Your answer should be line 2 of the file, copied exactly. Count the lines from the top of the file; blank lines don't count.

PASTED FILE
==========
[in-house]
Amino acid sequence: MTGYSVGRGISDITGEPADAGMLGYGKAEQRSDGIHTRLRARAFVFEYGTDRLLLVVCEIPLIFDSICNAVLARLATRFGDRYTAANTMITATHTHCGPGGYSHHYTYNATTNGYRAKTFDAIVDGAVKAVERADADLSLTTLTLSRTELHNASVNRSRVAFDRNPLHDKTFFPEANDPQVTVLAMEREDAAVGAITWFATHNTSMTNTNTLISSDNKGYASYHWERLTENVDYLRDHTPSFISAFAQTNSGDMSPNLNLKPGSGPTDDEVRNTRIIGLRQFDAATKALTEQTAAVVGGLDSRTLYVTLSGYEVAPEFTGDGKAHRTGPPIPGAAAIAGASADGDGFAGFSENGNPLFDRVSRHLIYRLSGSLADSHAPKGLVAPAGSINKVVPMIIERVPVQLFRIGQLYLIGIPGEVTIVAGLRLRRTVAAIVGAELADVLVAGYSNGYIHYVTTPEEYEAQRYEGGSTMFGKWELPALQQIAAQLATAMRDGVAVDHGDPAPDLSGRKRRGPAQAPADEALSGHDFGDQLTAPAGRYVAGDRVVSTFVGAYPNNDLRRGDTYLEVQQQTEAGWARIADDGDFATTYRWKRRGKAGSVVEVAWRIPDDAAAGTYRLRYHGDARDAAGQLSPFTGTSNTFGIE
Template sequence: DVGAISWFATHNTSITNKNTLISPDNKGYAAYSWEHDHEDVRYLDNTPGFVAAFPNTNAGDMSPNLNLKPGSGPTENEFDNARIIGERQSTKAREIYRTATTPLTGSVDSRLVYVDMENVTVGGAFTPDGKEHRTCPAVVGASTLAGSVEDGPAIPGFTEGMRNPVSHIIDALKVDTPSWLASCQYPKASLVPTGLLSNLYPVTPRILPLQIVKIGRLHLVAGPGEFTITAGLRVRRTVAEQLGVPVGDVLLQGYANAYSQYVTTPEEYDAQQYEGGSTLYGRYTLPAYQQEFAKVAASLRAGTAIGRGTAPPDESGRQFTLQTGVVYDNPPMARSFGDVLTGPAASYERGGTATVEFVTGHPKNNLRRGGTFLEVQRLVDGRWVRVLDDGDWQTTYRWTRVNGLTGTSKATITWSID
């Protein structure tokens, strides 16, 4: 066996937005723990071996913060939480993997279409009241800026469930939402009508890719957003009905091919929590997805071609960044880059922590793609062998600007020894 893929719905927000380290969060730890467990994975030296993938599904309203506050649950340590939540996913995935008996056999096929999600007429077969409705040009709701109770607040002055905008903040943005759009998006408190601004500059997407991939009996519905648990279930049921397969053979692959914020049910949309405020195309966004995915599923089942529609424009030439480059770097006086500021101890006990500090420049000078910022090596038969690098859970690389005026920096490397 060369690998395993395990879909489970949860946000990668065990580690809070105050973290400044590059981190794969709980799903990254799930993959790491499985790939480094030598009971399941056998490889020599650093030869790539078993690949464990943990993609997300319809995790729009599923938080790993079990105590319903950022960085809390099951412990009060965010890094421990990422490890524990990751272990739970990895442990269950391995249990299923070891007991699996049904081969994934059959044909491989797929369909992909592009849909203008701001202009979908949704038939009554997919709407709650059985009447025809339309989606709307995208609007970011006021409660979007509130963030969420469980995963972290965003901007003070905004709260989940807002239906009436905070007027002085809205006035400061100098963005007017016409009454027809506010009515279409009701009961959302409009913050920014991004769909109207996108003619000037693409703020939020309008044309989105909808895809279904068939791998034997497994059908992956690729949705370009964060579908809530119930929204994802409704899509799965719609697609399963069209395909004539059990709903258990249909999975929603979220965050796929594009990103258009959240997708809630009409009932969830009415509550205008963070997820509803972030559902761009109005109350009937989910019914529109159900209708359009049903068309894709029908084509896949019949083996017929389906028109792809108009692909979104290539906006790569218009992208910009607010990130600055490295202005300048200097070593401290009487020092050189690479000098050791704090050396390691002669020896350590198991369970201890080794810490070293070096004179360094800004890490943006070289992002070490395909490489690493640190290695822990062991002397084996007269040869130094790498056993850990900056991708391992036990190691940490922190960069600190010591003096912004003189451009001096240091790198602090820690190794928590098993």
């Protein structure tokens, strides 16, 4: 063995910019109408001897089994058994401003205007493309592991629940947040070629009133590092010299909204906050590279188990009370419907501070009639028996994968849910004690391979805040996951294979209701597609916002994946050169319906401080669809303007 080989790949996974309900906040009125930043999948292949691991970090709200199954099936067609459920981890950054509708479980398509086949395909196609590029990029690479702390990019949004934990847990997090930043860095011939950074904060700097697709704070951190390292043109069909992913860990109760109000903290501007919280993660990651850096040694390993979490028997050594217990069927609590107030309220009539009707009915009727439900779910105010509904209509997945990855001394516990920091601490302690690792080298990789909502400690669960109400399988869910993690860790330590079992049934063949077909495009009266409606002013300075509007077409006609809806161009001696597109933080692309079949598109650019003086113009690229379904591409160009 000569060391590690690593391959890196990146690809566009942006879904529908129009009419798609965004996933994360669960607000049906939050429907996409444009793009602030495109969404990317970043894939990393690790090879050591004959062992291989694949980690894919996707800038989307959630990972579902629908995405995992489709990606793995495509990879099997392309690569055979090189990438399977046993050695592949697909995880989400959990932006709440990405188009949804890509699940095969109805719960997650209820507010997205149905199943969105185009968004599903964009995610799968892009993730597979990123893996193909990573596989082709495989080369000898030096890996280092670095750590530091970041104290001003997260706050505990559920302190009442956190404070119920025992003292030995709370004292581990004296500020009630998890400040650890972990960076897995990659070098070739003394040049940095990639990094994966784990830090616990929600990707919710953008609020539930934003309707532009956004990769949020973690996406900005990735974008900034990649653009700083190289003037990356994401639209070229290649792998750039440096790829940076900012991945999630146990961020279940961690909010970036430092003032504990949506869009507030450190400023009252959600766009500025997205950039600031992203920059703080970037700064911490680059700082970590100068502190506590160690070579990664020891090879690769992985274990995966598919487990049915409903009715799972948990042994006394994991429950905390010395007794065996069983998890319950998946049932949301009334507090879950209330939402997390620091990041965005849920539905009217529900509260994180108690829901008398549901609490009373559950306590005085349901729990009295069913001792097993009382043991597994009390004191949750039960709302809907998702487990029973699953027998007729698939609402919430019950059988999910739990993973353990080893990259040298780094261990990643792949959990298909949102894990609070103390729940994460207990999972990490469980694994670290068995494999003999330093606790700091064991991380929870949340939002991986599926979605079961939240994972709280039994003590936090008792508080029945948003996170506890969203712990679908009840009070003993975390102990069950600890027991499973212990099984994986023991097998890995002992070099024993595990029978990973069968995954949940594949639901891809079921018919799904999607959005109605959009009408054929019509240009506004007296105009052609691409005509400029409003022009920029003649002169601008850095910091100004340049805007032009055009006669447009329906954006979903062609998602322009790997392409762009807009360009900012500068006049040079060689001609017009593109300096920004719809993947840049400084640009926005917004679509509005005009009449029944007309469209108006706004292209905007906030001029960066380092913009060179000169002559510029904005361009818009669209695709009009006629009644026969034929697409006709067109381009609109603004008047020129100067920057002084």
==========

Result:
Amino acid sequence: MTGYSVGRGISDITGEPADAGMLGYGKAEQRSDGIHTRLRARAFVFEYGTDRLLLVVCEIPLIFDSICNAVLARLATRFGDRYTAANTMITATHTHCGPGGYSHHYTYNATTNGYRAKTFDAIVDGAVKAVERADADLSLTTLTLSRTELHNASVNRSRVAFDRNPLHDKTFFPEANDPQVTVLAMEREDAAVGAITWFATHNTSMTNTNTLISSDNKGYASYHWERLTENVDYLRDHTPSFISAFAQTNSGDMSPNLNLKPGSGPTDDEVRNTRIIGLRQFDAATKALTEQTAAVVGGLDSRTLYVTLSGYEVAPEFTGDGKAHRTGPPIPGAAAIAGASADGDGFAGFSENGNPLFDRVSRHLIYRLSGSLADSHAPKGLVAPAGSINKVVPMIIERVPVQLFRIGQLYLIGIPGEVTIVAGLRLRRTVAAIVGAELADVLVAGYSNGYIHYVTTPEEYEAQRYEGGSTMFGKWELPALQQIAAQLATAMRDGVAVDHGDPAPDLSGRKRRGPAQAPADEALSGHDFGDQLTAPAGRYVAGDRVVSTFVGAYPNNDLRRGDTYLEVQQQTEAGWARIADDGDFATTYRWKRRGKAGSVVEVAWRIPDDAAAGTYRLRYHGDARDAAGQLSPFTGTSNTFGIE